The black and white cat was perhaps the most famous pet in a country of animal worshippers. Newspaper headlines in the UK this week included "World of politics mourns a legend" (The Sun) and "Political world mourns a killer named Humphrey" (The Times).
Tony Blair’s office said late on Sunday that Humphrey died last week at the home of a civil servant who had adopted him. The black-and-white stray wandered into Downing Street in 1989 when it was occupied by then-Prime Minister Margaret Thatcher, and was named in honor of Sir Humphrey Appleby, the Machiavellian civil servant in the sitcom Yes, Minister.
He remained living at 10 Downing Street under Thatcher’s successor, John Major, but moved shortly after Blair took office in 1997, prompting a Conservative lawmaker to ask in the House of Commons for assurances he was still alive. Tony Blair’s wife Cherie denied reports her dislike of cats was responsible for Humphrey’s eviction. Officials said Humphrey was suffering from a kidney complaint and needed a quieter home in the suburbs.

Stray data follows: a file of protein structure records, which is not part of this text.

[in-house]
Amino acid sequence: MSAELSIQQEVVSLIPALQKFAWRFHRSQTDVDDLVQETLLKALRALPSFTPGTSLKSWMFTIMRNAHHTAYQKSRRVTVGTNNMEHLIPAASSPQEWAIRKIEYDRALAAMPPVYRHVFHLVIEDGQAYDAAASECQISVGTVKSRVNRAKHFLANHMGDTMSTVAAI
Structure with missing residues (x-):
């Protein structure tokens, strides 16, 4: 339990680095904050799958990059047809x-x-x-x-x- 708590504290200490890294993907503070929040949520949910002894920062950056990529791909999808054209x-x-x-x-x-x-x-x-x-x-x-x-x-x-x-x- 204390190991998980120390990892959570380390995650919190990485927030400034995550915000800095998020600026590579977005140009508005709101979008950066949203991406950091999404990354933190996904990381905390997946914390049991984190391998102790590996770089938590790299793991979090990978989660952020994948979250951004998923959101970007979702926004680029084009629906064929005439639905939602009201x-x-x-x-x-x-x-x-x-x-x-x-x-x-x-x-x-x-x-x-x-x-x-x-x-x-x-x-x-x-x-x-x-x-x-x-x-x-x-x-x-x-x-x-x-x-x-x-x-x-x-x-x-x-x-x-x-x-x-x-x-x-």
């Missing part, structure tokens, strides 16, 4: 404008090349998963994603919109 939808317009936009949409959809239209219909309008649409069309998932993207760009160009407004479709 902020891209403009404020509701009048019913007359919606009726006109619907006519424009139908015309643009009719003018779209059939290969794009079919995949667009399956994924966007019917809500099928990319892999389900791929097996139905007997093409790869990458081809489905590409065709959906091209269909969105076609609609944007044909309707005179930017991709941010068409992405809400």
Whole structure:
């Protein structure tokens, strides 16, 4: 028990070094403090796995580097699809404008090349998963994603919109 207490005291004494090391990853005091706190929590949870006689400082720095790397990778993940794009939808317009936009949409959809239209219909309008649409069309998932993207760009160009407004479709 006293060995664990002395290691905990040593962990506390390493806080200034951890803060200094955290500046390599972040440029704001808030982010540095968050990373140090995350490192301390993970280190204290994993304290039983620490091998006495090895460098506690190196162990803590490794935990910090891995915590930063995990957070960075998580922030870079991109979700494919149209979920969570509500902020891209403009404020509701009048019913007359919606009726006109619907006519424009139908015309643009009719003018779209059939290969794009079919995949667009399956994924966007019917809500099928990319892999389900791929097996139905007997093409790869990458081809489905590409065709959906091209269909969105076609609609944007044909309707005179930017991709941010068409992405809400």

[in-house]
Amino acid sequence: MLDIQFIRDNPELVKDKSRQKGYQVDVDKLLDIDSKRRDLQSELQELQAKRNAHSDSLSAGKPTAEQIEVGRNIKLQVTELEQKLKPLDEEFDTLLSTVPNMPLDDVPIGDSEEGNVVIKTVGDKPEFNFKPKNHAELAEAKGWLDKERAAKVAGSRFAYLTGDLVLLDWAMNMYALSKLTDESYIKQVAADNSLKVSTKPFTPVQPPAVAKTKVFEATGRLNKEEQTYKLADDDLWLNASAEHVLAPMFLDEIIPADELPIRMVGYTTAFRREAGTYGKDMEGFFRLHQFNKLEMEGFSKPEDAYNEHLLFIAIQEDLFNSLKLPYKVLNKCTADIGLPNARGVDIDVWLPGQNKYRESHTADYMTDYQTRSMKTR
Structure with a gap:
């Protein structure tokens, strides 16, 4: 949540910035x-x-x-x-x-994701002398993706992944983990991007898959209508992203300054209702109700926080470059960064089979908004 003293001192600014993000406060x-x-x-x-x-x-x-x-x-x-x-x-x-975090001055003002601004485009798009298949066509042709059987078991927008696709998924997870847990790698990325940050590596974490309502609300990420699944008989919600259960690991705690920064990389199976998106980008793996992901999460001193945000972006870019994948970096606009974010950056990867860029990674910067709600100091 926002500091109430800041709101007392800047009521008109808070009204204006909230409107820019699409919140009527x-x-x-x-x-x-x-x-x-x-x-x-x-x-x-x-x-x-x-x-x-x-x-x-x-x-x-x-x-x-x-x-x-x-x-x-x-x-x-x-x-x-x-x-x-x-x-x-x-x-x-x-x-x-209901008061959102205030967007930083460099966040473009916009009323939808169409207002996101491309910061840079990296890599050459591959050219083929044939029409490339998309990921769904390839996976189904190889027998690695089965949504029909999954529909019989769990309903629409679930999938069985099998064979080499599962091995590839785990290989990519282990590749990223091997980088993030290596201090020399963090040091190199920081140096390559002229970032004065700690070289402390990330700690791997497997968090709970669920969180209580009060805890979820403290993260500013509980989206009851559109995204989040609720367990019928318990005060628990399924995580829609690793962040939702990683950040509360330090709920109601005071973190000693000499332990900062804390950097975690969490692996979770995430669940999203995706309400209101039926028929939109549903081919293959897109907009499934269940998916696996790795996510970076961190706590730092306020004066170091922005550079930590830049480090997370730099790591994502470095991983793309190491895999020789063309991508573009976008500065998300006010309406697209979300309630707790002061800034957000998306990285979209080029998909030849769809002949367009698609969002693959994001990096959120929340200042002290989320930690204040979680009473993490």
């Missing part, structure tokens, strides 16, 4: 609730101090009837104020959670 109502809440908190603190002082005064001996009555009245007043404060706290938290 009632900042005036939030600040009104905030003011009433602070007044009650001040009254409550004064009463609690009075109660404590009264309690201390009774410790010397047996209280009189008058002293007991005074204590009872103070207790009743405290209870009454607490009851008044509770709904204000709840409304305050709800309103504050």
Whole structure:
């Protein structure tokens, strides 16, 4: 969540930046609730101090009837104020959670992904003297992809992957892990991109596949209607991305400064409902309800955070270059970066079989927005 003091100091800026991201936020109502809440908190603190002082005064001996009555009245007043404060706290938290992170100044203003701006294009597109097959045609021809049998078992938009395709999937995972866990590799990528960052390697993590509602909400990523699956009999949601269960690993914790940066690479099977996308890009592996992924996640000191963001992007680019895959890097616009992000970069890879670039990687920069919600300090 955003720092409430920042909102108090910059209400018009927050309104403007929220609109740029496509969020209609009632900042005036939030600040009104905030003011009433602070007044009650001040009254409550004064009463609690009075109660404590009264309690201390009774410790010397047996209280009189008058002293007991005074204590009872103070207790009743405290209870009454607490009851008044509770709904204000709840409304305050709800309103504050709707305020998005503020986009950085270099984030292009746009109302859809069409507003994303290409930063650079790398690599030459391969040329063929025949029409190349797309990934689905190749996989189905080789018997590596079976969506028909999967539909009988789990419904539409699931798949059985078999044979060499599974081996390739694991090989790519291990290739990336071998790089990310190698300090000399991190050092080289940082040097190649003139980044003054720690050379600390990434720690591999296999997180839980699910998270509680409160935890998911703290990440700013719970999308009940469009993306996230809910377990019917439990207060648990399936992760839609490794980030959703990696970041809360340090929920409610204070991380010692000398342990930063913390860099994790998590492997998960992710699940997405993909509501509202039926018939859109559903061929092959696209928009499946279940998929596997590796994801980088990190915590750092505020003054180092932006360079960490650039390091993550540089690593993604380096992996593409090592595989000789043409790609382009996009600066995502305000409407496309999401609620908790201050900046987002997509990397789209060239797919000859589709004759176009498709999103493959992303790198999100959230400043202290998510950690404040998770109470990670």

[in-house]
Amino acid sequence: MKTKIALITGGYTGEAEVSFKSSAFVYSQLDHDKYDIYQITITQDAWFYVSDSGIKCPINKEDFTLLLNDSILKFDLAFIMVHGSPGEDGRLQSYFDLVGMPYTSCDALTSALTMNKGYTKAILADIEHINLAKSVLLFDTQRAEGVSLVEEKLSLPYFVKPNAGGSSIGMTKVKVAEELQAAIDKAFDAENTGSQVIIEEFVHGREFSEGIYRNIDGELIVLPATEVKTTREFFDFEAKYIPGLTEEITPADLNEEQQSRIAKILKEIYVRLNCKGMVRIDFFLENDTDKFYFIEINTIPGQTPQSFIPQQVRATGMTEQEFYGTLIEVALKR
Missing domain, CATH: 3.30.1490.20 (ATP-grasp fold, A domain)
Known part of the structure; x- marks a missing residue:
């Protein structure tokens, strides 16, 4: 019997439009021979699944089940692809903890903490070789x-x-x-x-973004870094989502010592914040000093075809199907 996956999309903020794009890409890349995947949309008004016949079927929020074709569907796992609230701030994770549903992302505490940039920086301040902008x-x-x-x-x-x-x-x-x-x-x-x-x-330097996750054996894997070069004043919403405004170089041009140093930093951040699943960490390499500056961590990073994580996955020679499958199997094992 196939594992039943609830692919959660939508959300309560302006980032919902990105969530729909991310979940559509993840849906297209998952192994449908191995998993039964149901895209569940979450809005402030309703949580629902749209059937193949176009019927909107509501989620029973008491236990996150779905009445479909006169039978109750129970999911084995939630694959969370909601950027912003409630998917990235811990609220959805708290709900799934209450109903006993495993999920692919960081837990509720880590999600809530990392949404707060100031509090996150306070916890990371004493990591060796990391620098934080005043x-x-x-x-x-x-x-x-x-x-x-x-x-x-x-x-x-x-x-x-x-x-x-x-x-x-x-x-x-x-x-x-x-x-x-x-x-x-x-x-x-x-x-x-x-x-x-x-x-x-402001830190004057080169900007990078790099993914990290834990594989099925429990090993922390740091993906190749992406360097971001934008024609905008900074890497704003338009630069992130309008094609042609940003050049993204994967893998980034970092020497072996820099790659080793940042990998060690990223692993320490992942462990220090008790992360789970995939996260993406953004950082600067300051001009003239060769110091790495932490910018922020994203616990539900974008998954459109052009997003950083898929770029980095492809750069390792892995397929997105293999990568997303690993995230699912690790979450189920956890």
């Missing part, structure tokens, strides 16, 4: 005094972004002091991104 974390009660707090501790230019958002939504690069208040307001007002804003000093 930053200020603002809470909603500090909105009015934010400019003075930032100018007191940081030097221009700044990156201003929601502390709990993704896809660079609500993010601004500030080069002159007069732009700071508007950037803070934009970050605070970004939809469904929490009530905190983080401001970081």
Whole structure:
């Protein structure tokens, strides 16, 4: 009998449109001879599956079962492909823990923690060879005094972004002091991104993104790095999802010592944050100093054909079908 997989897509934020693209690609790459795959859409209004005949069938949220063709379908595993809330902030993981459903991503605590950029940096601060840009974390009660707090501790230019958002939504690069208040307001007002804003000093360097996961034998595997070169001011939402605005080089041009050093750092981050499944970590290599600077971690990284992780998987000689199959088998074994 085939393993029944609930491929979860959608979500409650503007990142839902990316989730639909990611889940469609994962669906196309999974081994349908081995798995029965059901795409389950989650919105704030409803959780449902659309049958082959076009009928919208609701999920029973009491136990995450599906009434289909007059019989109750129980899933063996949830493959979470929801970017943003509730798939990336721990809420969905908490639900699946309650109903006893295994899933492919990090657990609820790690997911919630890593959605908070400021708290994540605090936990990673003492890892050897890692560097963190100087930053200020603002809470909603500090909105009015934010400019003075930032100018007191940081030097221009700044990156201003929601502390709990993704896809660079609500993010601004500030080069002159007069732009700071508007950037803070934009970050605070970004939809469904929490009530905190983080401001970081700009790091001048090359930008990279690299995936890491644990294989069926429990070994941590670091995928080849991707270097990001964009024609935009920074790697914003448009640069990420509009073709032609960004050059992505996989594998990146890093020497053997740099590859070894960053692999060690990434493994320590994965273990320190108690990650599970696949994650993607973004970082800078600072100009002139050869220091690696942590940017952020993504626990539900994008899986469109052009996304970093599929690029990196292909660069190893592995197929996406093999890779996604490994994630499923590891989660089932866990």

His many nicknames included the "mouser in chief", and in his heyday he appeared regularly in the media, and once narrowly avoided being squashed under the wheels of United States President Bill Clinton’s bulletproof Cadillac.